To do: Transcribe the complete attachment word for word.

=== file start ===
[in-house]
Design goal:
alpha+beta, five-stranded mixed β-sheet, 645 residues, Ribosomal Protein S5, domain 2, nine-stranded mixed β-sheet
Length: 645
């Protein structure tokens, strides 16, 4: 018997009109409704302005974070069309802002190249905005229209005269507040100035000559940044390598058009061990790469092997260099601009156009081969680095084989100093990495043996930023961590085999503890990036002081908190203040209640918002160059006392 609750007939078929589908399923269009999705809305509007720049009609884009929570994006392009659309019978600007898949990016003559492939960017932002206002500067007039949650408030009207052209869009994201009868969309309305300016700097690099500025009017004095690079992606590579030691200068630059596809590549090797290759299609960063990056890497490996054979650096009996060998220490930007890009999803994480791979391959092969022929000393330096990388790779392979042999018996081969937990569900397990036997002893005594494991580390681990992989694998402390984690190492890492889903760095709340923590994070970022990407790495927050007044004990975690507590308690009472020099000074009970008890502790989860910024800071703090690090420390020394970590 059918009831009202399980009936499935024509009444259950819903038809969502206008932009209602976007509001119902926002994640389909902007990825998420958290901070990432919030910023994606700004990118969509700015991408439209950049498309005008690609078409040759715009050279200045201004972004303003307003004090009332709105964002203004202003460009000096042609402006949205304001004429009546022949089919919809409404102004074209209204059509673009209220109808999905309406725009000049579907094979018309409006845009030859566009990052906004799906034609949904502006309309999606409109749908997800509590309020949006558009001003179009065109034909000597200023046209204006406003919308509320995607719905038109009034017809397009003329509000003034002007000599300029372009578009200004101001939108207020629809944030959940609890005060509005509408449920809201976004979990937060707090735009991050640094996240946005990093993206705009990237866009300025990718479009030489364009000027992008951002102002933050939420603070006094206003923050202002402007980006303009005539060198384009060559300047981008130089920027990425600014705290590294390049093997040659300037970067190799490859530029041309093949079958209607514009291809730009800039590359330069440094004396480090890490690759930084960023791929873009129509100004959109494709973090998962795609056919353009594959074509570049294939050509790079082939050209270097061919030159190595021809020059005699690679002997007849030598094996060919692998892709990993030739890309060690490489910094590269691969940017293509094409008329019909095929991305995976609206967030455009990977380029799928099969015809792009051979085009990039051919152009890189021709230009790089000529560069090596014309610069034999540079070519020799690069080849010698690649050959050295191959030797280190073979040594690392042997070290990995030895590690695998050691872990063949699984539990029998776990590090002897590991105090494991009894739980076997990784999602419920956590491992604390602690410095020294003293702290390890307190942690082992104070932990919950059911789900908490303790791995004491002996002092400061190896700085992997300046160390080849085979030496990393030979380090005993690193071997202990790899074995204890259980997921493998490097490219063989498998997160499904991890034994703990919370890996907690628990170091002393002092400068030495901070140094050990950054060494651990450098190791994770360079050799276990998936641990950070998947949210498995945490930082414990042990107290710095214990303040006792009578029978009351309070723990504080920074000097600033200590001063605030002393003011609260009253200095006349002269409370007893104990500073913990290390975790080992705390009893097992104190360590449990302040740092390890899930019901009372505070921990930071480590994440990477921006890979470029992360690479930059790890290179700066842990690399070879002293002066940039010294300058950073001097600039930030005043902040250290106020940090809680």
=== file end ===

[in-house]
Design goal:
alpha+beta, five-stranded mixed β-sheet, 645 residues, Ribosomal Protein S5, domain 2, nine-stranded mixed β-sheet
Length: 645
């Protein structure tokens, strides 16, 4: 018997009109409704302005974070069309802002190249905005229209005269507040100035000559940044390598058009061990790469092997260099601009156009081969680095084989100093990495043996930023961590085999503890990036002081908190203040209640918002160059006392 609750007939078929589908399923269009999705809305509007720049009609884009929570994006392009659309019978600007898949990016003559492939960017932002206002500067007039949650408030009207052209869009994201009868969309309305300016700097690099500025009017004095690079992606590579030691200068630059596809590549090797290759299609960063990056890497490996054979650096009996060998220490930007890009999803994480791979391959092969022929000393330096990388790779392979042999018996081969937990569900397990036997002893005594494991580390681990992989694998402390984690190492890492889903760095709340923590994070970022990407790495927050007044004990975690507590308690009472020099000074009970008890502790989860910024800071703090690090420390020394970590 059918009831009202399980009936499935024509009444259950819903038809969502206008932009209602976007509001119902926002994640389909902007990825998420958290901070990432919030910023994606700004990118969509700015991408439209950049498309005008690609078409040759715009050279200045201004972004303003307003004090009332709105964002203004202003460009000096042609402006949205304001004429009546022949089919919809409404102004074209209204059509673009209220109808999905309406725009000049579907094979018309409006845009030859566009990052906004799906034609949904502006309309999606409109749908997800509590309020949006558009001003179009065109034909000597200023046209204006406003919308509320995607719905038109009034017809397009003329509000003034002007000599300029372009578009200004101001939108207020629809944030959940609890005060509005509408449920809201976004979990937060707090735009991050640094996240946005990093993206705009990237866009300025990718479009030489364009000027992008951002102002933050939420603070006094206003923050202002402007980006303009005539060198384009060559300047981008130089920027990425600014705290590294390049093997040659300037970067190799490859530029041309093949079958209607514009291809730009800039590359330069440094004396480090890490690759930084960023791929873009129509100004959109494709973090998962795609056919353009594959074509570049294939050509790079082939050209270097061919030159190595021809020059005699690679002997007849030598094996060919692998892709990993030739890309060690490489910094590269691969940017293509094409008329019909095929991305995976609206967030455009990977380029799928099969015809792009051979085009990039051919152009890189021709230009790089000529560069090596014309610069034999540079070519020799690069080849010698690649050959050295191959030797280190073979040594690392042997070290990995030895590690695998050691872990063949699984539990029998776990590090002897590991105090494991009894739980076997990784999602419920956590491992604390602690410095020294003293702290390890307190942690082992104070932990919950059911789900908490303790791995004491002996002092400061190896700085992997300046160390080849085979030496990393030979380090005993690193071997202990790899074995204890259980997921493998490097490219063989498998997160499904991890034994703990919370890996907690628990170091002393002092400068030495901070140094050990950054060494651990450098190791994770360079050799276990998936641990950070998947949210498995945490930082414990042990107290710095214990303040006792009578029978009351309070723990504080920074000097600033200590001063605030002393003011609260009253200095006349002269409370007893104990500073913990290390975790080992705390009893097992104190360590449990302040740092390890899930019901009372505070921990930071480590994440990477921006890979470029992360690479930059790890290179700066842990690399070879002293002066940039010294300058950073001097600039930030005043902040250290106020940090809680």